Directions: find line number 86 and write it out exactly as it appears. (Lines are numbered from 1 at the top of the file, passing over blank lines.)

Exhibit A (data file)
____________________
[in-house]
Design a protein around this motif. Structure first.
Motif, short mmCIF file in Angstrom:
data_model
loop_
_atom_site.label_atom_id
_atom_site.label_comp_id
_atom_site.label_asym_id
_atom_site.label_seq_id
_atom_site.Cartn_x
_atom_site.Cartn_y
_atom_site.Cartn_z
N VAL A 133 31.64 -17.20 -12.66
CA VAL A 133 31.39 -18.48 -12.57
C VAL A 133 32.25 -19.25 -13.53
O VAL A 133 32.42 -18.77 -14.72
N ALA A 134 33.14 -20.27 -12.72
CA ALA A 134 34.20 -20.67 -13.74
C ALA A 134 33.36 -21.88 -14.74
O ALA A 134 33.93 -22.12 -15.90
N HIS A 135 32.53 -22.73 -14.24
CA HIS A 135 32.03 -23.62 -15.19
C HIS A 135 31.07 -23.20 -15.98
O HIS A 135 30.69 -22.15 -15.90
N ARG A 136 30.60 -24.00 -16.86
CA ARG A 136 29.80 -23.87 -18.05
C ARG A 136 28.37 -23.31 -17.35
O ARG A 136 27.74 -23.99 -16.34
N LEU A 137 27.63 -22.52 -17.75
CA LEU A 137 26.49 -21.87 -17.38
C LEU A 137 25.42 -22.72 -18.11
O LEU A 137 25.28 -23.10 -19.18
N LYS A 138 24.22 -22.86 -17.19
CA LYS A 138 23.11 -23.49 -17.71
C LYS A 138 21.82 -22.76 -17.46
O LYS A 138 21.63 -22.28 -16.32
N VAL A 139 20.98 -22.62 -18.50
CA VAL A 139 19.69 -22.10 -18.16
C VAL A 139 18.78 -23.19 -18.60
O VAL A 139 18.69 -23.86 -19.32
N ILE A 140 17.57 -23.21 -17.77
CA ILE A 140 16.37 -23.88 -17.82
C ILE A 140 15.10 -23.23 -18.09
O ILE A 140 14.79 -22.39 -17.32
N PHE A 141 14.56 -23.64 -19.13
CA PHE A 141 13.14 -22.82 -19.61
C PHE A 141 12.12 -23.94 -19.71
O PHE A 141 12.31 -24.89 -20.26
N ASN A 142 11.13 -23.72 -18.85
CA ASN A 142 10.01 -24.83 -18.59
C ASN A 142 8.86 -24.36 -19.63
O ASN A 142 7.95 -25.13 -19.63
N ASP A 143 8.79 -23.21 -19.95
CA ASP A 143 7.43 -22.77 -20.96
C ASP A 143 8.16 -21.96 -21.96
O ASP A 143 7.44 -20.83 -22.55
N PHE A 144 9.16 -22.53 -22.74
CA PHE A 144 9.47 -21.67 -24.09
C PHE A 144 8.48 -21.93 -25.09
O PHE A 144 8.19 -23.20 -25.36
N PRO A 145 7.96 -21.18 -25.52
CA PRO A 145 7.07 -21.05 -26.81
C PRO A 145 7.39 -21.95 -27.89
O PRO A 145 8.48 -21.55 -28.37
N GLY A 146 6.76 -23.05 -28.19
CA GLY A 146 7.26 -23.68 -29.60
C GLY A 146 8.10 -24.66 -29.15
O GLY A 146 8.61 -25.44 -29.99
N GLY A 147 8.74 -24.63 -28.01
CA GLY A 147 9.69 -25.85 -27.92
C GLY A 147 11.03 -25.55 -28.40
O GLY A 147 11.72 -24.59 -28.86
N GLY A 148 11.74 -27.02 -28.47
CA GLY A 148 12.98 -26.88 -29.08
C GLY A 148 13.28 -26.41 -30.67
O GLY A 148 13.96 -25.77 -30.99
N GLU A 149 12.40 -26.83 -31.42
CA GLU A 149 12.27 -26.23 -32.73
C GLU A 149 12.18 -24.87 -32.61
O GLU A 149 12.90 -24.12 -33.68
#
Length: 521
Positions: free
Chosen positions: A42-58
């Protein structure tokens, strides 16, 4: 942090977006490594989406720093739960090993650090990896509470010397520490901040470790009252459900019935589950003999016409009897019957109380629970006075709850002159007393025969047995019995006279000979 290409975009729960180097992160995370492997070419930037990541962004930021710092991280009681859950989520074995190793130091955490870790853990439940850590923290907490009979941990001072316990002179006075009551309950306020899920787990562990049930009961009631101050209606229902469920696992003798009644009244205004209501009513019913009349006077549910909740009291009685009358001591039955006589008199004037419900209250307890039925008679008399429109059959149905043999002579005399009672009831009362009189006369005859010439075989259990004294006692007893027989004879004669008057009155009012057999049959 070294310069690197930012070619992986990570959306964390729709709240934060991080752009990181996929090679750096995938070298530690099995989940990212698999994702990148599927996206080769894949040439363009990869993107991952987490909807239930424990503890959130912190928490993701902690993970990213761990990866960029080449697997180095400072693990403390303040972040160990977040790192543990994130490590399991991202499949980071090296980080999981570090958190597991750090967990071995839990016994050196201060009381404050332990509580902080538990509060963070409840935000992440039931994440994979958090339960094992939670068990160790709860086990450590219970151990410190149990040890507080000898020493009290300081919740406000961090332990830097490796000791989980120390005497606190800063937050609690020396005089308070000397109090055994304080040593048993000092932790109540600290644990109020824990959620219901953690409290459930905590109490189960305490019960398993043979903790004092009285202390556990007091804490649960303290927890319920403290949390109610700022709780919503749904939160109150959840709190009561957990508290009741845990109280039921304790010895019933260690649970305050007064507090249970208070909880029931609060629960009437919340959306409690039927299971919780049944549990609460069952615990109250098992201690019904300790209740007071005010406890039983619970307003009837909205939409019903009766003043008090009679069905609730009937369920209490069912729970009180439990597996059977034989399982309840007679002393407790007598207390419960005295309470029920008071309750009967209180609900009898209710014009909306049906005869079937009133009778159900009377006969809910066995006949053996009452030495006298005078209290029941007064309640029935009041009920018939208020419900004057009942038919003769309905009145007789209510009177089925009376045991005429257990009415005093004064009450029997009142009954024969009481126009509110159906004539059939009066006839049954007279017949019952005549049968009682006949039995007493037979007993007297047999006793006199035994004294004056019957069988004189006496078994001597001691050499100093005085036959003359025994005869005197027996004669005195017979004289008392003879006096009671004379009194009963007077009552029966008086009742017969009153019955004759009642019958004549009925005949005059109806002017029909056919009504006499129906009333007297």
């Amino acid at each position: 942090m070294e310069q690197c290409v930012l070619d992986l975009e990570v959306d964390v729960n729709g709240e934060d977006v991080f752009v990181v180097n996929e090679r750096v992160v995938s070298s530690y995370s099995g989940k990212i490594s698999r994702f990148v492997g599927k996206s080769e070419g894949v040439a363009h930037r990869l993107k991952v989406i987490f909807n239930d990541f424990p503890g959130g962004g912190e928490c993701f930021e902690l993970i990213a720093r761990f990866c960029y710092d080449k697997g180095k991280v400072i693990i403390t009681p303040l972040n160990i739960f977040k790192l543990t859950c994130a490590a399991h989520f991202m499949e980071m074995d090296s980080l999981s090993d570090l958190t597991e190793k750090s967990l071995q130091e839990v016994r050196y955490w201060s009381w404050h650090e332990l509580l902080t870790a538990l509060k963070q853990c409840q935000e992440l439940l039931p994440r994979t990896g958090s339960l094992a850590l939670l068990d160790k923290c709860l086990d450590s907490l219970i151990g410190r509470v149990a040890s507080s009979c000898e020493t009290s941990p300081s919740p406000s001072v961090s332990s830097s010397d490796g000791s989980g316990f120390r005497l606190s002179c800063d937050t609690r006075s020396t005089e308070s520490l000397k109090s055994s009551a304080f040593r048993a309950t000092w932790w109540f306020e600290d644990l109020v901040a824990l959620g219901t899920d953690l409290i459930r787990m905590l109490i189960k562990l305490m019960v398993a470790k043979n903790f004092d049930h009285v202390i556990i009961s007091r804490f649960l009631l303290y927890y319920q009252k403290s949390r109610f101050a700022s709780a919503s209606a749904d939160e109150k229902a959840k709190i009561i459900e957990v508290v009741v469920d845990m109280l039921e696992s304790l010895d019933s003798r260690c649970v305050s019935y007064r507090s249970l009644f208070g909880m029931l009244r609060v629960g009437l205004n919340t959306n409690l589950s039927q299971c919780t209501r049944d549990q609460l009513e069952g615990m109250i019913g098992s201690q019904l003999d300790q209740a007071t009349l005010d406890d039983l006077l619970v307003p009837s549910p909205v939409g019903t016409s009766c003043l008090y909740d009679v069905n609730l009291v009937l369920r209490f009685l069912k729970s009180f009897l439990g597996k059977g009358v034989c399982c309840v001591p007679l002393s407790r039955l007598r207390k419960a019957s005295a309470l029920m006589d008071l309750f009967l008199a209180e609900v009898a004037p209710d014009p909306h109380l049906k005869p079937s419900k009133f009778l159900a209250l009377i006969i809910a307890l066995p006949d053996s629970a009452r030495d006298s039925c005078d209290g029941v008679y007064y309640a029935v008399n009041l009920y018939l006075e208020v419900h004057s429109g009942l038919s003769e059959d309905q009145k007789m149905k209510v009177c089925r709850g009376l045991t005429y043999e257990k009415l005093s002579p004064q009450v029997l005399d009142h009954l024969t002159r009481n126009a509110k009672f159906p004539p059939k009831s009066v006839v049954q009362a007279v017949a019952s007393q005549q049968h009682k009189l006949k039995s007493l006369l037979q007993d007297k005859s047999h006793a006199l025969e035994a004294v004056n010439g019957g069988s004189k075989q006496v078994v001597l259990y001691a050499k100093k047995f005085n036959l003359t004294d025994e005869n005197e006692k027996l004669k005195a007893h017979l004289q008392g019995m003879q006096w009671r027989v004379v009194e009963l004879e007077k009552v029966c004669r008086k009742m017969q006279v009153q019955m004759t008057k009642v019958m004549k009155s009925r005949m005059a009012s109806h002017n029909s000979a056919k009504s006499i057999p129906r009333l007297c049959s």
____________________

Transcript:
């Amino acid at each position: 942090m070294e310069q690197c290409v930012l070619d992986l975009e990570v959306d964390v729960n729709g709240e934060d977006v991080f752009v990181v180097n996929e090679r750096v992160v995938s070298s530690y995370s099995g989940k990212i490594s698999r994702f990148v492997g599927k996206s080769e070419g894949v040439a363009h930037r990869l993107k991952v989406i987490f909807n239930d990541f424990p503890g959130g962004g912190e928490c993701f930021e902690l993970i990213a720093r761990f990866c960029y710092d080449k697997g180095k991280v400072i693990i403390t009681p303040l972040n160990i739960f977040k790192l543990t859950c994130a490590a399991h989520f991202m499949e980071m074995d090296s980080l999981s090993d570090l958190t597991e190793k750090s967990l071995q130091e839990v016994r050196y955490w201060s009381w404050h650090e332990l509580l902080t870790a538990l509060k963070q853990c409840q935000e992440l439940l039931p994440r994979t990896g958090s339960l094992a850590l939670l068990d160790k923290c709860l086990d450590s907490l219970i151990g410190r509470v149990a040890s507080s009979c000898e020493t009290s941990p300081s919740p406000s001072v961090s332990s830097s010397d490796g000791s989980g316990f120390r005497l606190s002179c800063d937050t609690r006075s020396t005089e308070s520490l000397k109090s055994s009551a304080f040593r048993a309950t000092w932790w109540f306020e600290d644990l109020v901040a824990l959620g219901t899920d953690l409290i459930r787990m905590l109490i189960k562990l305490m019960v398993a470790k043979n903790f004092d049930h009285v202390i556990i009961s007091r804490f649960l009631l303290y927890y319920q009252k403290s949390r109610f101050a700022s709780a919503s209606a749904d939160e109150k229902a959840k709190i009561i459900e957990v508290v009741v469920d845990m109280l039921e696992s304790l010895d019933s003798r260690c649970v305050s019935y007064r507090s249970l009644f208070g909880m029931l009244r609060v629960g009437l205004n919340t959306n409690l589950s039927q299971c919780t209501r049944d549990q609460l009513e069952g615990m109250i019913g098992s201690q019904l003999d300790q209740a007071t009349l005010d406890d039983l006077l619970v307003p009837s549910p909205v939409g019903t016409s009766c003043l008090y909740d009679v069905n609730l009291v009937l369920r209490f009685l069912k729970s009180f009897l439990g597996k059977g009358v034989c399982c309840v001591p007679l002393s407790r039955l007598r207390k419960a019957s005295a309470l029920m006589d008071l309750f009967l008199a209180e609900v009898a004037p209710d014009p909306h109380l049906k005869p079937s419900k009133f009778l159900a209250l009377i006969i809910a307890l066995p006949d053996s629970a009452r030495d006298s039925c005078d209290g029941v008679y007064y309640a029935v008399n009041l009920y018939l006075e208020v419900h004057s429109g009942l038919s003769e059959d309905q009145k007789m149905k209510v009177c089925r709850g009376l045991t005429y043999e257990k009415l005093s002579p004064q009450v029997l005399d009142h009954l024969t002159r009481n126009a509110k009672f159906p004539p059939k009831s009066v006839v049954q009362a007279v017949a019952s007393q005549q049968h009682k009189l006949k039995s007493l006369l037979q007993d007297k005859s047999h006793a006199l025969e035994a004294v004056n010439g019957g069988s004189k075989q006496v078994v001597l259990y001691a050499k100093k047995f005085n036959l003359t004294d025994e005869n005197e006692k027996l004669k005195a007893h017979l004289q008392g019995m003879q006096w009671r027989v004379v009194e009963l004879e007077k009552v029966c004669r008086k009742m017969q006279v009153q019955m004759t008057k009642v019958m004549k009155s009925r005949m005059a009012s109806h002017n029909s000979a056919k009504s006499i057999p129906r009333l007297c049959s």